Capitalism has a very strong link to the environment, the neo liberal policies are key to why the right are often so against policies to rebalance the economy so that it is more sustainable. It is also a major reason for why the climate change agreements decided at Copenhagen have regressed. There were already concerns that the rich countries’ commitments weren’t good enough anyway, but the fact that these discussions have regressed further illustrates the problems that capitalism can pose for environmental policies.

Whilst Immanuel Wallerstein does have some legitimate critiques, he has an interesting neo marxist theory about the nature of the capitalist system in a world-wide form. He has been incorporated by the anti globalisation movement, which I think rather misses the point – as there needs to be an anti neo liberal globalisation movement, one that focuses on theories that aren’t often backed up with evidence, such as the “race to the bottom”, with a more positive pro globalisation movement.

However, Wallerstein can provide some thought into such a movement, as he talks about there being a world system, where there is only one world – so the “Third World” doesn’t exist, for example. Instead, the world system/economy in existence is the capitalist system – and for it to function, there has to be core, semi peripheral and a peripheral zones. The cores are the rich countries, such as the UK and America, whereas the peripheral is what we commonly call the ‘Third World’. Thus, capitalism needs poorer countries in order to construct the hierarchy and for some countries to emerge as power blocs of the world.

In much the same way that the environmental policies have been downgraded, many rich countries, including the UK, rejected (mainly through abstaining) the UN vote on whether water should be a human right. We may say that we provide them with aid, but it isn’t really providing proper access to water. Instead, much more capital investment should go into building proper infrastructure for the poorer countries, much more thought and action into sorting out the environmental policies of the richer countries should occur – if we really want to improve the living standard of poorer countries.

Capitalism and neo liberal doctrines underpin the environmental and world-wide policies. Richer counties rely on poorer countries, they require them to be weak to promote their own dominance. We have so much potential as a nation and as collective forces, such as in Europe, to really restructure and change the lives of so many through proper investment and proper environmental policies. But we are scared by business and capitalist rhetoric that it will somehow undermine our interests, that aid should be cut, as we supposedly have too little money ourselves. Totally illogical.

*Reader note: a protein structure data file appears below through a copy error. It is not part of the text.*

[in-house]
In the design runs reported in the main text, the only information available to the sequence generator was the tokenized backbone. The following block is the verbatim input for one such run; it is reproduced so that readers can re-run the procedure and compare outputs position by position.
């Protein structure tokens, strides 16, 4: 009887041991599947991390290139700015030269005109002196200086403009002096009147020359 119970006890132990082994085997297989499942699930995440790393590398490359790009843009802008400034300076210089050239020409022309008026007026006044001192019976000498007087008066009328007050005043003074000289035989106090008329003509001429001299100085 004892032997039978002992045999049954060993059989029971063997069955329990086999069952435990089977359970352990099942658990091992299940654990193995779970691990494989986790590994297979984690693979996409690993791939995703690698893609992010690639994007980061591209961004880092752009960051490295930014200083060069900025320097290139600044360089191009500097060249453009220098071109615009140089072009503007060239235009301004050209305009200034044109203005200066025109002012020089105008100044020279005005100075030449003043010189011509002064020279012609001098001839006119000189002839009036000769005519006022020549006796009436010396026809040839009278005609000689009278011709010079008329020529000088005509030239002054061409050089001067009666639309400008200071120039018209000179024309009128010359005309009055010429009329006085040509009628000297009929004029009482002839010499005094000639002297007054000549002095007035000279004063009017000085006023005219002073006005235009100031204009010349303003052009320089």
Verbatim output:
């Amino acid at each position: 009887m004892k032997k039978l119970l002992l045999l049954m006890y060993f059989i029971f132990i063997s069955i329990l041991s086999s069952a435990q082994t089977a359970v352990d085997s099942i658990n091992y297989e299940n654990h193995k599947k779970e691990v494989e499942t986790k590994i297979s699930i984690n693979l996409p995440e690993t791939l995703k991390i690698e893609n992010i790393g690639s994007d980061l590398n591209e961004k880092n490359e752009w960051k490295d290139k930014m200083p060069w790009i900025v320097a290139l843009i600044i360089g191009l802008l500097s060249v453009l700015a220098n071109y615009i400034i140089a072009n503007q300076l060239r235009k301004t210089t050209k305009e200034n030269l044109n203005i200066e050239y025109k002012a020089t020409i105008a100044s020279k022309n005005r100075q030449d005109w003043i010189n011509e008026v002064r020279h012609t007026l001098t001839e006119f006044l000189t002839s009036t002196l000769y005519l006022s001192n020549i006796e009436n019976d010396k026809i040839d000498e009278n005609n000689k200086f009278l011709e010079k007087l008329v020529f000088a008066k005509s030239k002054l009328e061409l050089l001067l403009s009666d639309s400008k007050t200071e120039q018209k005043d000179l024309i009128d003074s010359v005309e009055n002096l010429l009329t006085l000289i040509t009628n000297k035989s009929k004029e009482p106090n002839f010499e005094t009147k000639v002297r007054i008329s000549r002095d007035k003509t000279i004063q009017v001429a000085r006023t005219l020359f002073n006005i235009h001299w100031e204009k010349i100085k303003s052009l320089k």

Filed under: Economy, The Enviroment, , , , , , ,

Political lies, media manipulation and the ‘shock doctrine’…

By Jay Baker

Jay is a British media activist who has almost ten years of experience as a professional documentarian, writer, youth worker, social justice campaigner, and social entrepreneur.

It’s true that lies are often perpetuated. In fact, if they’re repeated enough, these lies can be regarded as truths, and rarely even questioned at all.

An example of this is the great lie perpetuated on the people of Britain concerning the economy.

In the build-up to the general election this year, New Labour finally realized that their right-wing re-positioning and re-branding was – as expected by many – its greatest weakness. Without its heart, “the people’s party” created by the labour workforce to represent the working class mass majority now had no alternative argument to counter the Conservatives, due in part to its commitment to its doomed brand.

As a result, shocking Tory claims – on immigration, on taxes, and most of all, on the economy – went largely unchallenged. And by the time the Liberal Democrats had “sold out” (as many of its own supporters would say) in forming a coalition with the Tories, the only challenges of facts and logic in the public eye were from the likes of Caroline Lucas or Salma Yaqoob on forums such as BBC’s Question Time; lone voices in a fog of misconceptions.

So: what is the truth? First, we have to look at the lies, key lies that are perpetuated by the mainstream media:

  • Lie #1: The latest economic crisis was a freak act of nature we had to endure, a “Credit Crunch,” like a breakfast cereal we must swallow before going about our day, business as usual.
  • Lie #2: If the Credit Crunch was anyone’s fault, it was the fault of New Labour for failing to regulate the banks properly.
  • Lie #3: The only way to cope with the recession is to cut government spending and sell off public services to private interests, even if this means higher unemployment.

These are all essentially preconceived notions perpetuated by the press. Linguistics professor and political activist Noam Chomsky talks about this often: whether it be using slogans like “Support our troops” or asking the question “Can we win in Iraq?” those in positions of power and influence must use propaganda to create presuppositions and stifle or restrict and marginalize debate.

For example, Chomsky explains, a mantra such as “Support our troops” is vacuous, because it doesn’t mean anything more than asking if we, say, support the people of Iowa; there’s no counter to it – asking if we support the war policy would draw a plethora of offence, but to ask if we support the brave men and women of the armed forces offers no such room for argument. Likewise, Chomsky also suggests that asking “Can we win in Iraq?” completely ignores the greater question of whether we have any right to be there in the first place. And so, a “questioning” media indeed questions, but the questions it asks are chosen carefully to frame the debate inside a certain context, giving an illusion of media investigative journalism and “fair and balanced” coverage while propelling the debate in a particular direction.